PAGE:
Florida Mom Raising Money for Classroom Barricades After School Shootings

A mother from Jacksonville, Florida has started a GoFundMe page with the goal of raising $10,000 to give schools the equipment to create classroom barricades in the event of a shooting.

Valerie Boote has so far raised $220 in the fundraiser that was started two weeks after the mass shooting at Robb Elementary School in Uvalde, Texas, in which 19 children and two adults were killed. It was the deadliest school shooting in the United States since the 2012 massacre at Connecticut's Sandy Hook Elementary School.

"This fundraiser is to help purchase simple, effective, safe door barricades for Jacksonville, Florida classrooms that can be set up quickly," Boote wrote in a message on the GoFundMe page. "Since elementary school students and their teachers are the most vulnerable when it comes to student safety, this fundraiser will be restricted to K-5 age groups (this will also include any VPK classrooms in public school buildings)."

The barricades Boote is raising money for are sold by Fighting Chance Solutions, a company that was formed by educators in Iowa in response to school shootings.

Teacher student
A Florida mom is raising money to purchase barricades for classrooms in response to school shootings in the United States. Shown above is a stock photo of a teacher in front of a room of elementary school students. Getty Images

To keep an outward-swinging door from opening is a device called "the sleeve" that slips over the metal top part of a door on the inside. To keep an inward-swinging door from opening is "the rampart," a stick device that goes from the door handle to the floor to stop the door.

"I feel like I shouldn't have to do this. I don't feel like anybody should have to do this," Boote told Jacksonville's First Coast News.

First Coast News Crime and Safety Analyst Mark Baughman spoke about the importance of ensuring children's safety at school and the importance of getting the approval of the relevant school authorities.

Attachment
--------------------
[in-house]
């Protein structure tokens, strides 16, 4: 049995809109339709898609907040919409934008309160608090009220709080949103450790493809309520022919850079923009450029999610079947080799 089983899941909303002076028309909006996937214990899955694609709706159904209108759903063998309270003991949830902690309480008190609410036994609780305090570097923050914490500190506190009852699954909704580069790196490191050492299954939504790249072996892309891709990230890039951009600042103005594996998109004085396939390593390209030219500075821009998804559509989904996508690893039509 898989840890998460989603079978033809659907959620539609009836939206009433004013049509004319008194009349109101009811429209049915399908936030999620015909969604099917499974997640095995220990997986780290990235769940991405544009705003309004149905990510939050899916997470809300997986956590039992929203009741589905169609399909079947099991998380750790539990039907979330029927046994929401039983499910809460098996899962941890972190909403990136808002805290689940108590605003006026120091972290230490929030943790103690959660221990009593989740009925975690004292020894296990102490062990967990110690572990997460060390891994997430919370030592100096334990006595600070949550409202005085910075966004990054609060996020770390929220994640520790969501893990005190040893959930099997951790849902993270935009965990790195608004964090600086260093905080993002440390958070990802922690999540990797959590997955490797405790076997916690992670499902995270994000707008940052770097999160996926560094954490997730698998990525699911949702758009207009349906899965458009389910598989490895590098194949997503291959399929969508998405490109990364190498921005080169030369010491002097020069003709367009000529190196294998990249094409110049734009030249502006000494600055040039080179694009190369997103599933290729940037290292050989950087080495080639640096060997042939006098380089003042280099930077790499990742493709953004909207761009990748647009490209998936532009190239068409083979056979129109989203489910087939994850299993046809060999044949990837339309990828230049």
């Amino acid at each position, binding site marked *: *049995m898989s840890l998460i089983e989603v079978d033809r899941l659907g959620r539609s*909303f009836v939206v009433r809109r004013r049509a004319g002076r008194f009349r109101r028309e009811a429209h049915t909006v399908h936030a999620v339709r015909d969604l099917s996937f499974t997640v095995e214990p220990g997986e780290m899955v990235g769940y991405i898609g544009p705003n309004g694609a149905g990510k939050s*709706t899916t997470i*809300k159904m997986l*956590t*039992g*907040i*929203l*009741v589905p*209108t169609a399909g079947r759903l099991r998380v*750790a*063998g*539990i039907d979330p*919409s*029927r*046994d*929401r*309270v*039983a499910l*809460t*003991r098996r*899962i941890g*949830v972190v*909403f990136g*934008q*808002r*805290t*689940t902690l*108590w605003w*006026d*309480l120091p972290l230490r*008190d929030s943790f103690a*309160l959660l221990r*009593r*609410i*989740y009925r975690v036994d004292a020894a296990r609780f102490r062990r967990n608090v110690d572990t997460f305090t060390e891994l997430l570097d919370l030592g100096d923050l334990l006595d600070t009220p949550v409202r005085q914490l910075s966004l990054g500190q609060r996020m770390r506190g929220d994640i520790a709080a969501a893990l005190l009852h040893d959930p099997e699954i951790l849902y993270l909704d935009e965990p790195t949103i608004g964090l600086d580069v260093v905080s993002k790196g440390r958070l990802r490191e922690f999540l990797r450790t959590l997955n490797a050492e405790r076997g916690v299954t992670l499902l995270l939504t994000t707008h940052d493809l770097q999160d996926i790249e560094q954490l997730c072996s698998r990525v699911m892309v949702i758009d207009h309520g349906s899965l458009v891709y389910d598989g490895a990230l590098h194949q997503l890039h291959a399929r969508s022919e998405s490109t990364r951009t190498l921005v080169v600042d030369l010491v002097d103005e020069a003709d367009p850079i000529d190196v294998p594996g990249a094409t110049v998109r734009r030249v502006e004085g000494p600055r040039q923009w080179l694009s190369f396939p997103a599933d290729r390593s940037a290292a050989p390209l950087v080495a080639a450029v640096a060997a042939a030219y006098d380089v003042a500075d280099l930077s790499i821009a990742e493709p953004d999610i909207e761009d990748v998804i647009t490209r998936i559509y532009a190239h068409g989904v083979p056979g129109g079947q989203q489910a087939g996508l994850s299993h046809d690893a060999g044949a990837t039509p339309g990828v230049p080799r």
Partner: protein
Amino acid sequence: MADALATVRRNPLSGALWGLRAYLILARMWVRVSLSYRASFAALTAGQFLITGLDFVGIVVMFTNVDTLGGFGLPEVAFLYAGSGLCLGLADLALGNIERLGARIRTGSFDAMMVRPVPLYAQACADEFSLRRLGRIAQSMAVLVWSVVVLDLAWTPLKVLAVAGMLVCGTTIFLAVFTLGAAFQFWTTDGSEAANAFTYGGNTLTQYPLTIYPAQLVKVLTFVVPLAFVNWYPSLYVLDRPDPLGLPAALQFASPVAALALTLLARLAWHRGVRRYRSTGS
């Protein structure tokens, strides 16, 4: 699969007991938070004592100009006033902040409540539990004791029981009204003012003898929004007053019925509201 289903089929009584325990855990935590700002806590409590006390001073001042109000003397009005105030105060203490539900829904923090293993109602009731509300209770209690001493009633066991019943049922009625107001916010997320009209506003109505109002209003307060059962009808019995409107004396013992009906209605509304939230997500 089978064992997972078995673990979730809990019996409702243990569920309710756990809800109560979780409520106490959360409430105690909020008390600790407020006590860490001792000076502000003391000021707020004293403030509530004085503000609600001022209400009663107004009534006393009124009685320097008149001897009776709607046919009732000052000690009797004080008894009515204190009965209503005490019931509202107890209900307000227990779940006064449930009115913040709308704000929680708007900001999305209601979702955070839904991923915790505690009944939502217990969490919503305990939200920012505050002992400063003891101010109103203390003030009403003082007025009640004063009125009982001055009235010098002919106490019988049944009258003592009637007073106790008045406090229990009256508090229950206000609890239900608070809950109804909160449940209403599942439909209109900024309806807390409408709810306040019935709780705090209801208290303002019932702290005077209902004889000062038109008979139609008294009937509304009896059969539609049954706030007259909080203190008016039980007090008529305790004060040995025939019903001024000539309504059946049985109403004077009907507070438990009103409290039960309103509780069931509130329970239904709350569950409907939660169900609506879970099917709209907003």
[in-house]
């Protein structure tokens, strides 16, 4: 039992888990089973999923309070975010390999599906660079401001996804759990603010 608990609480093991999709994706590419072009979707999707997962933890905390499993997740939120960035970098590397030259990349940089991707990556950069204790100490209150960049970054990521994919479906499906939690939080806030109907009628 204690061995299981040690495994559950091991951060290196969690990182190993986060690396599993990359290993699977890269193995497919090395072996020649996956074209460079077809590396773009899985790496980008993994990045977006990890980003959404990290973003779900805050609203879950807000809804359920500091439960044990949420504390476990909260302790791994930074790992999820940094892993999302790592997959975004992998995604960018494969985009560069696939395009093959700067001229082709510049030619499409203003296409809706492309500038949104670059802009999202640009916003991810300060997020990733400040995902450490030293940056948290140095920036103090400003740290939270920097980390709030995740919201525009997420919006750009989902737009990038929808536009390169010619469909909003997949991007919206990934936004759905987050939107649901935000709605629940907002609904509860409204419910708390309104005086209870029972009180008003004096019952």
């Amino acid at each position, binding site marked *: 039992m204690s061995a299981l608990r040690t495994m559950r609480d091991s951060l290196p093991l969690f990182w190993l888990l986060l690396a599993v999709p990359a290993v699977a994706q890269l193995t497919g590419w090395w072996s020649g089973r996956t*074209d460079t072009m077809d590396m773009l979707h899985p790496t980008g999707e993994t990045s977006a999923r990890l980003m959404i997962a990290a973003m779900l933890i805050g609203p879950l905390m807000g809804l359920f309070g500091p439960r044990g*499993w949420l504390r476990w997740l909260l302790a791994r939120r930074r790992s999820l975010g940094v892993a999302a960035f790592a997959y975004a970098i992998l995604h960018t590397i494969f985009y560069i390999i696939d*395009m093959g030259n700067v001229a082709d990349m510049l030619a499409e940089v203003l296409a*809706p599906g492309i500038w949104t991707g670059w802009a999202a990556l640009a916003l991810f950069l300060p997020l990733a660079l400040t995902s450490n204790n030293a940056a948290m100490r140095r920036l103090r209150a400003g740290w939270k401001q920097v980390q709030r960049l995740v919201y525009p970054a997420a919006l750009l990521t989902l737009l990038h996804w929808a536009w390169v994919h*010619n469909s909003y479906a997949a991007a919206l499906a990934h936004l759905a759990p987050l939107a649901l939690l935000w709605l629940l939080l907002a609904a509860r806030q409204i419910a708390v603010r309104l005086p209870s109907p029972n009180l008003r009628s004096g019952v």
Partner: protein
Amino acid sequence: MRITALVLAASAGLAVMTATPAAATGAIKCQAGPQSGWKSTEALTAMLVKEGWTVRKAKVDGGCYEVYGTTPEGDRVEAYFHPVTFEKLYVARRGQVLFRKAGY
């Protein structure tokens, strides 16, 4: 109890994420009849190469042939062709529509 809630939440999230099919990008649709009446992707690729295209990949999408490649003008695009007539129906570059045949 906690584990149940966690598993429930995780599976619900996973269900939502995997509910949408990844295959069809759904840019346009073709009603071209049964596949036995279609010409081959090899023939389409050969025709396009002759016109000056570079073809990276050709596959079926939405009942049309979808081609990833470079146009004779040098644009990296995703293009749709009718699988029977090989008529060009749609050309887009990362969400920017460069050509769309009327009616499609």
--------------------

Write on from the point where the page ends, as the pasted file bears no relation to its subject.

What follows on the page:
"How are we going to make security measured hardened, at least in the classroom. No matter what you do it may not be enough, but you got to do everything you can do to protect the people inside," he said. "Whenever you do these kinds of things, you have to get permission from your school administrators or whatever it may be and that everybody signs off on it and agrees to and everybody's trained in using it.

Following the shooting in Uvalde on May 24, there have been calls to better protect children at school. These methods of protection have differed among politicians, with some calling for stronger gun control while others demand changes to schools themselves.

Some politicians have argued that mass shootings in schools could be better prevented by arming teachers or security guards. Texas Republican Senator Ted Cruz proposed stationing more armed law enforcement officers at schools, saying this would be more effective than tightening gun control laws.

The Protecting Our Kids Act, which passed the House by a vote of 223 to 204 on June 8, would raise the minimum age to purchase semi-automatic weapons from 18 to 21 years old, ban civilians from using high-capacity magazines and bump stocks, require background checks on ghost guns, "crack down" on gun trafficking and strengthen storage requirements.

Newsweek reached out to Valerie Boote for comment.